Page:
Frozzen paintballs in a paintball gun with a lot of loud yelling will haze the bear pretty good and you want be find for discharging a firearm in the city. But knowing how the law is, they may try and site you for harasing the wildlife. It's a no win situation, just wait and be reactive when someone gets hurt versus proactive to prevent it all together.

  5. #5
    Supporting Member Amigo Will's Avatar
    Join Date
    Nov 2008
    Location
    Wrangell
    Posts
    7,600

    Default

    I guess the flip side would be how many more homes and people before I can eat somebody.
    Now left only to be a turd in the forrest and the circle will be complete.Use me as I have used you

  6. #6
    Member akgun&ammo's Avatar
    Join Date
    Apr 2011
    Location
    North Pole
    Posts
    983

    Default

    Check your hunting regs. In most GMU's black bear season is year round. You may have to harvest the animal on your own property, and salvage either the hide or the meat. But, that may be a "legal" recourse. My neighbor shot one with a rifle, and only had to mark his new harvest tag. Note: You cannot use firearms to hunt moose in the Fairbanks area, but other game is legal. You just have to be concuise of what your neighbors will think is safe, or might give us hunters a public black eye.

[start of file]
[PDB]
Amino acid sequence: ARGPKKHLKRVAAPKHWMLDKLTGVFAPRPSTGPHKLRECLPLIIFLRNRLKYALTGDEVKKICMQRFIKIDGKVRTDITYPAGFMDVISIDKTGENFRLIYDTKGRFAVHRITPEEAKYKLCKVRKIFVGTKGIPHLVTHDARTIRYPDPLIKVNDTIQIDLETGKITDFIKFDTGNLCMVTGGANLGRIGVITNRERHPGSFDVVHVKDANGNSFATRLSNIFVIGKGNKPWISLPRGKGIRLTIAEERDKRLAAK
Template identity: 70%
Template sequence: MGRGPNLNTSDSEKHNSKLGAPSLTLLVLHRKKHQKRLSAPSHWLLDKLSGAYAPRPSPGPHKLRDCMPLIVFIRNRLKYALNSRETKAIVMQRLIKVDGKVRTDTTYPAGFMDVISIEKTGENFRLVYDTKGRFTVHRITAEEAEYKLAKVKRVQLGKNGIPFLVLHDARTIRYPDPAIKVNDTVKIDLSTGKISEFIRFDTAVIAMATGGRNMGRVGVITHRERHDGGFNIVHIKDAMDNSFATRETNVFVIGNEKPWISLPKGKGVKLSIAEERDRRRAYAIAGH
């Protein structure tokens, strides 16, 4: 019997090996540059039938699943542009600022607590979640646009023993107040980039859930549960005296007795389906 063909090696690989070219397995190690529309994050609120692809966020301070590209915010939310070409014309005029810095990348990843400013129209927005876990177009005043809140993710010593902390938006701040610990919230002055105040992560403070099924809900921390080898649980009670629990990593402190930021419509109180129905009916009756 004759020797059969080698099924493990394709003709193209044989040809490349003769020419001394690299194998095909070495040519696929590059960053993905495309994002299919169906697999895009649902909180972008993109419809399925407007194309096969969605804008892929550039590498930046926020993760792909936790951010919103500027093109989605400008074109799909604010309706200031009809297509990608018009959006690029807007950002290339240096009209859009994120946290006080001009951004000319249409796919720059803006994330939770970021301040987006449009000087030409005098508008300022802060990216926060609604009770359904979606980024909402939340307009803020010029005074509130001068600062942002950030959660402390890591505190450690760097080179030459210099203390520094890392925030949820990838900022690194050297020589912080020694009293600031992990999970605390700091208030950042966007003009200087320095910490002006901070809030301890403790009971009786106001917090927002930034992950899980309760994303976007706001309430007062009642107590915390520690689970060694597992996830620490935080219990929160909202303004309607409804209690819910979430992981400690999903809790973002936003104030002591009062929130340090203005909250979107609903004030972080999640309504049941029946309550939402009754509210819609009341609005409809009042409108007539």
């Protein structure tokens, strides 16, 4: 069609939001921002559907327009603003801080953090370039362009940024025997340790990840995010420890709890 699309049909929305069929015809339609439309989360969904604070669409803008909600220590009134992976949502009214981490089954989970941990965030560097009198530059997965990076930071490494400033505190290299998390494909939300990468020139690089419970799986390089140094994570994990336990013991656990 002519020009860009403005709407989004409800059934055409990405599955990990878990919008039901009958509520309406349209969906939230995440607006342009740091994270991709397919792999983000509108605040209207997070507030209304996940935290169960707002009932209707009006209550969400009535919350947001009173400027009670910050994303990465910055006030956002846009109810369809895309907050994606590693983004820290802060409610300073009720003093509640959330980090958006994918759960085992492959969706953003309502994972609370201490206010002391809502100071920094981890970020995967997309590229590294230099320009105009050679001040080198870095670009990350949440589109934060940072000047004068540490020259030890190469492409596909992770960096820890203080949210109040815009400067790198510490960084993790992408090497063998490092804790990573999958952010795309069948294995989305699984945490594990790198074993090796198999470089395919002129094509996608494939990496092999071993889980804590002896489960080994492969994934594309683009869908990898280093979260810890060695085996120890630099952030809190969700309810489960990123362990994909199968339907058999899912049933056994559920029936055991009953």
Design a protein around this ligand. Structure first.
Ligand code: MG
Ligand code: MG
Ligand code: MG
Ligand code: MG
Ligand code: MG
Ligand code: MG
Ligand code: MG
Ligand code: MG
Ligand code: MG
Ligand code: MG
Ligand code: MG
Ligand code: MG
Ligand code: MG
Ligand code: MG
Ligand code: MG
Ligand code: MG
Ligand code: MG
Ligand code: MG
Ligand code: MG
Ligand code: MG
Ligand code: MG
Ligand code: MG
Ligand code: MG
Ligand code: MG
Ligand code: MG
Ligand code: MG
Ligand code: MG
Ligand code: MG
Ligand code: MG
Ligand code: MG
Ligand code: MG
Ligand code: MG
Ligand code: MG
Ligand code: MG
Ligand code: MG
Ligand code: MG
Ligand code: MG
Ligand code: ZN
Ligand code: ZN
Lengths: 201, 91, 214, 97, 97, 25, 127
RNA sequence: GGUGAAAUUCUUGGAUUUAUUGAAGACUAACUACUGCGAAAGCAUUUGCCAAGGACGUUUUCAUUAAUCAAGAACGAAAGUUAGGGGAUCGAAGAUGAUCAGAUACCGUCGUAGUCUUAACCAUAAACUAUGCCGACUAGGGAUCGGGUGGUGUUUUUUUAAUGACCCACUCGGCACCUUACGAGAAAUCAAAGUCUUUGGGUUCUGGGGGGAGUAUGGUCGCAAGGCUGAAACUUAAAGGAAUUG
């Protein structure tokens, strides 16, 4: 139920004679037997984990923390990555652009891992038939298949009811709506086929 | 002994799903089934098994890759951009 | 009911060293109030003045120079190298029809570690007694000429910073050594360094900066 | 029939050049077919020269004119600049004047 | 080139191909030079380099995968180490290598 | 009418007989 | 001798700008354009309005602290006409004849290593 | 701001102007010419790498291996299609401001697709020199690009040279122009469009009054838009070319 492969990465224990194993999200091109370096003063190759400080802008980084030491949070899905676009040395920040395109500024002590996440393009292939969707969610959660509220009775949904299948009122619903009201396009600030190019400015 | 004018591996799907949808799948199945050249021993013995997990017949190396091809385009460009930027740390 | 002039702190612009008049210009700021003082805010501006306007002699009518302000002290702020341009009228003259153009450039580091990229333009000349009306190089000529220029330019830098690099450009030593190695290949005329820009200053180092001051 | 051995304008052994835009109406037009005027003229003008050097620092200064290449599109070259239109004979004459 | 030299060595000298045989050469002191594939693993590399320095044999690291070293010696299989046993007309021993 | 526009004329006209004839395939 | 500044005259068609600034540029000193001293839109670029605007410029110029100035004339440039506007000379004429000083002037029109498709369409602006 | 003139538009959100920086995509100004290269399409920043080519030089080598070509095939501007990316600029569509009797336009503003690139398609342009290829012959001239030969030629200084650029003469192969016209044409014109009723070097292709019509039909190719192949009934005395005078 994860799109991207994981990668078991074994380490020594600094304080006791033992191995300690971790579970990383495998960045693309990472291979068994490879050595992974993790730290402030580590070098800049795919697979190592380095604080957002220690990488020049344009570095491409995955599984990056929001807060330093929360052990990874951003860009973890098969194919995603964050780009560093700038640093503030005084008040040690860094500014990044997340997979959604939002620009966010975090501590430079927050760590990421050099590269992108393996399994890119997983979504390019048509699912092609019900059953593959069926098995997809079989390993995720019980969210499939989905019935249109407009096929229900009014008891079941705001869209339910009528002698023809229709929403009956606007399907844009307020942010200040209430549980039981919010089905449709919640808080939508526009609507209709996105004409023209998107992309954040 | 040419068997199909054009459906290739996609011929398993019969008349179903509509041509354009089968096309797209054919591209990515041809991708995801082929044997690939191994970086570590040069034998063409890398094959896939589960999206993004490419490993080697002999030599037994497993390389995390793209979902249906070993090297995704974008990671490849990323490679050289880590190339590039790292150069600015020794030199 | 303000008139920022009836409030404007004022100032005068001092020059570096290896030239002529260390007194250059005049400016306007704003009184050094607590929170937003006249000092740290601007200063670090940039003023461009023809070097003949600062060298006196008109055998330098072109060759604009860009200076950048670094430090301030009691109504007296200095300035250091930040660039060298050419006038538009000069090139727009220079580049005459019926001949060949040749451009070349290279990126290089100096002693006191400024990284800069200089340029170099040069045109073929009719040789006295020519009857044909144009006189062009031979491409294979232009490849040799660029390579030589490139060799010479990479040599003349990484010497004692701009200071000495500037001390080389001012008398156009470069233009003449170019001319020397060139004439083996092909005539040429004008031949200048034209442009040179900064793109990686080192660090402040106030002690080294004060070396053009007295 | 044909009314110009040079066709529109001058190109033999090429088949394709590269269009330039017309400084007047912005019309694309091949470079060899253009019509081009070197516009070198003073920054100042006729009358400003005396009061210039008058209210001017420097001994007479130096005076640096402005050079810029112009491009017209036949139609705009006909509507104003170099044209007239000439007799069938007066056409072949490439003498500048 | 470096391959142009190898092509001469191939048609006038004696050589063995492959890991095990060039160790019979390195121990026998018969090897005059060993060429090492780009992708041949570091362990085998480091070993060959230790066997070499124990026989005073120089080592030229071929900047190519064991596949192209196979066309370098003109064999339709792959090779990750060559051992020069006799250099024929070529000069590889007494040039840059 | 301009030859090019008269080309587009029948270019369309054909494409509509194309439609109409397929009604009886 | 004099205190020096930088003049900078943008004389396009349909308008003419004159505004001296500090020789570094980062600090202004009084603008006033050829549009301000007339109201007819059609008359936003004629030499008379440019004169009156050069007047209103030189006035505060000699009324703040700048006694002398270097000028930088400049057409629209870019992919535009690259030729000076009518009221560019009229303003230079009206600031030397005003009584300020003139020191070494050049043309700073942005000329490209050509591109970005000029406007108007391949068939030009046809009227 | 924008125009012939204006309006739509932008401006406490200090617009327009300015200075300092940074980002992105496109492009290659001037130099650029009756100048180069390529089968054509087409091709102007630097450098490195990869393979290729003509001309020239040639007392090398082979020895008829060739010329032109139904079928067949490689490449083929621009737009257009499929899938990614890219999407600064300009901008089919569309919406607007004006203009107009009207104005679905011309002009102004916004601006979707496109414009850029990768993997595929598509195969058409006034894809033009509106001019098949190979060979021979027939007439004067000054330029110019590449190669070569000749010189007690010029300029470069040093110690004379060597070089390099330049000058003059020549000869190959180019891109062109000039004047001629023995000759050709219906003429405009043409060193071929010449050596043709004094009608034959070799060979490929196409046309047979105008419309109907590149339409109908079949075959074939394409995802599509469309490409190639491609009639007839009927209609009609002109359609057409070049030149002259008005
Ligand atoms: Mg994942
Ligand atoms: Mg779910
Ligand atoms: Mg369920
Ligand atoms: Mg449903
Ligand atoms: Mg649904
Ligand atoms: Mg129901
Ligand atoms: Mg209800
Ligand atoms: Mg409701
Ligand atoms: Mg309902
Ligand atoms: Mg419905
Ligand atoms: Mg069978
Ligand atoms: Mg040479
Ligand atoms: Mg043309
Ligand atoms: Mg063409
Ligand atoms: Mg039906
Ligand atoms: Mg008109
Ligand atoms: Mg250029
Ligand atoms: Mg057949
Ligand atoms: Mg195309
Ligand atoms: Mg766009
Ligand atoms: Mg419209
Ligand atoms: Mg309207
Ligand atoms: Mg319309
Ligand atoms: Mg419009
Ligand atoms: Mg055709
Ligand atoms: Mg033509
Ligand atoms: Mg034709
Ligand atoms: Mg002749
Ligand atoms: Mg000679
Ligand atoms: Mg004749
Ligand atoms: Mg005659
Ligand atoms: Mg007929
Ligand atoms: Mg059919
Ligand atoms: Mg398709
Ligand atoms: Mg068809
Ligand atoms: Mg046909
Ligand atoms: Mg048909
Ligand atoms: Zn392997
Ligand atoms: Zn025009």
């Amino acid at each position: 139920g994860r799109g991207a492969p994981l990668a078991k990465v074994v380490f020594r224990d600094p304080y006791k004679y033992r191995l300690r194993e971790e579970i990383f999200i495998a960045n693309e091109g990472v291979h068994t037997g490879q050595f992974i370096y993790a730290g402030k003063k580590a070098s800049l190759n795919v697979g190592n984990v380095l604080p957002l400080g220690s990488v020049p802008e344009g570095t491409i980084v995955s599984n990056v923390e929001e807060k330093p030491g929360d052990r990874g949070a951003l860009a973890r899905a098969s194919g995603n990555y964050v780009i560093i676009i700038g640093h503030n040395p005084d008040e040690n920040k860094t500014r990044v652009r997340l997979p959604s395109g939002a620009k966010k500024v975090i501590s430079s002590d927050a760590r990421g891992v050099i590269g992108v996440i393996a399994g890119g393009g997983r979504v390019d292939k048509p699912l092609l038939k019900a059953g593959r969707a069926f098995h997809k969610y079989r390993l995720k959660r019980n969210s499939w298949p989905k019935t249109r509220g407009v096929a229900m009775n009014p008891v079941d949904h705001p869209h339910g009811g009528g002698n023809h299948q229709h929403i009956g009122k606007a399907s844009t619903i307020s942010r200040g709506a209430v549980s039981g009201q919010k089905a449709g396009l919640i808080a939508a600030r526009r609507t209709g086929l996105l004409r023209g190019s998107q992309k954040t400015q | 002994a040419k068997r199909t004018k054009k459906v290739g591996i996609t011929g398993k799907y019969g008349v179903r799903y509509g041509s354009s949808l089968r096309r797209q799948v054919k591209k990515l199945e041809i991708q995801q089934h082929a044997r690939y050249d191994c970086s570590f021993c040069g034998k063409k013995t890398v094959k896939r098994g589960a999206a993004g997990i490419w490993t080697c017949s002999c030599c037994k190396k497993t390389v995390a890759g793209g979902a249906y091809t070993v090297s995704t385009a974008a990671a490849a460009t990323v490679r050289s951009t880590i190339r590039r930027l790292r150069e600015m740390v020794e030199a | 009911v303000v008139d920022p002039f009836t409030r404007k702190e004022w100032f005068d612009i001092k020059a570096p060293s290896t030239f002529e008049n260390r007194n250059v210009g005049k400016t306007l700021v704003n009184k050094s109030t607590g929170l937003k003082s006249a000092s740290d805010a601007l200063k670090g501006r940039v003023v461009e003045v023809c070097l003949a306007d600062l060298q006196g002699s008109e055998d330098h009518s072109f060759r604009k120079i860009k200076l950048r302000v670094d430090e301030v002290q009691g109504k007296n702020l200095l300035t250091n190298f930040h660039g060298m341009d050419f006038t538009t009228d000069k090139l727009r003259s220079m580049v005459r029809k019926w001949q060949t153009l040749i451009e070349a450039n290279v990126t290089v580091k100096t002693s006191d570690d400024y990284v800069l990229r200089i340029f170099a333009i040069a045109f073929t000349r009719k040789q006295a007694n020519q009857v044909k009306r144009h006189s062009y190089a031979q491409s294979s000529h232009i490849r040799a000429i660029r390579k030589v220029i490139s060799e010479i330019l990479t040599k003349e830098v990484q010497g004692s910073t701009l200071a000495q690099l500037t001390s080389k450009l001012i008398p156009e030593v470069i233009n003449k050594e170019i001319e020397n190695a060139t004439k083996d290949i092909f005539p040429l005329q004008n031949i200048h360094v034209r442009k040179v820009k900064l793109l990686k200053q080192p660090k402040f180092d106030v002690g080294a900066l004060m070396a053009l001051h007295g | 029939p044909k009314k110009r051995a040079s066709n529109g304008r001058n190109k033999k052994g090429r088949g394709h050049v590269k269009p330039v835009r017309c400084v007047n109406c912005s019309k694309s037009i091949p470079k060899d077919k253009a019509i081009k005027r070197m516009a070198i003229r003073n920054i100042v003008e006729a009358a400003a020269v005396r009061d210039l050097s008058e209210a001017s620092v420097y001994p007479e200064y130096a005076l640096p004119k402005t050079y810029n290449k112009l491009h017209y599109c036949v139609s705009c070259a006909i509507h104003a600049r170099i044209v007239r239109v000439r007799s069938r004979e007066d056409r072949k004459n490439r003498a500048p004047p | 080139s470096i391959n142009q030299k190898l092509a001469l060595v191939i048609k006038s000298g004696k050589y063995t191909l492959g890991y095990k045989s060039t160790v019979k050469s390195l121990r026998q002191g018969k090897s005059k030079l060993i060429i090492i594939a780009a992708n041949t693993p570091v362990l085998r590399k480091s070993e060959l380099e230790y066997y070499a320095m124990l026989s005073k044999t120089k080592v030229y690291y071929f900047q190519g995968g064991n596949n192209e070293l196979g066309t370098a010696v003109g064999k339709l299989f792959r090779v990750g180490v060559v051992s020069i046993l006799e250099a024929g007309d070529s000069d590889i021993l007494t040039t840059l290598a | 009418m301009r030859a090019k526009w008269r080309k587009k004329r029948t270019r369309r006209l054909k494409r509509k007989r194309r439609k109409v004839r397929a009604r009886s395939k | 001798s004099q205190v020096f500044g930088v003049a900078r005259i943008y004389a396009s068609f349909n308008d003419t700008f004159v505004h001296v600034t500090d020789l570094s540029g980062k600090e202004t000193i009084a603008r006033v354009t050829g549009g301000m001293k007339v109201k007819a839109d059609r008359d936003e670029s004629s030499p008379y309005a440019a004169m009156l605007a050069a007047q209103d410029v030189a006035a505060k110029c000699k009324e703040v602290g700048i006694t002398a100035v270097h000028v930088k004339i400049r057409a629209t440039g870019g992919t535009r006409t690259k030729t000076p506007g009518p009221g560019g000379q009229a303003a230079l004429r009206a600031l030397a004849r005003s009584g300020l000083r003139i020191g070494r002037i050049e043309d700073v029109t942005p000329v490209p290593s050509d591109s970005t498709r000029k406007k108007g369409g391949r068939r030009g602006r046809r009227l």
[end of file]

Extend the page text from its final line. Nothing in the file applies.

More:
Chris

  7. #7
    Member tboehm's Avatar
    Join Date
    Nov 2006
    Location
    Soldotna AK
    Posts
    2,407

    Default

    Can't answer your main question but i think that it's time to do something!!!! Do you own a bow? Sounds like an excuse to tell the wife that you need a crossbow.
    Semper Fi and God Bless

  8. #8

    Default

    Quote Originally Posted by akgun&ammo View Post
    Check your hunting regs. In most GMU's black bear season is year round. You may have to harvest the animal on your own property, and salvage either the hide or the meat. But, that may be a "legal" recourse. My neighbor shot one with a rifle, and only had to mark his new harvest tag. Note: You cannot use firearms to hunt moose in the Fairbanks area, but other game is legal. You just have to be concuise of what your neighbors will think is safe, or might give us hunters a public black eye.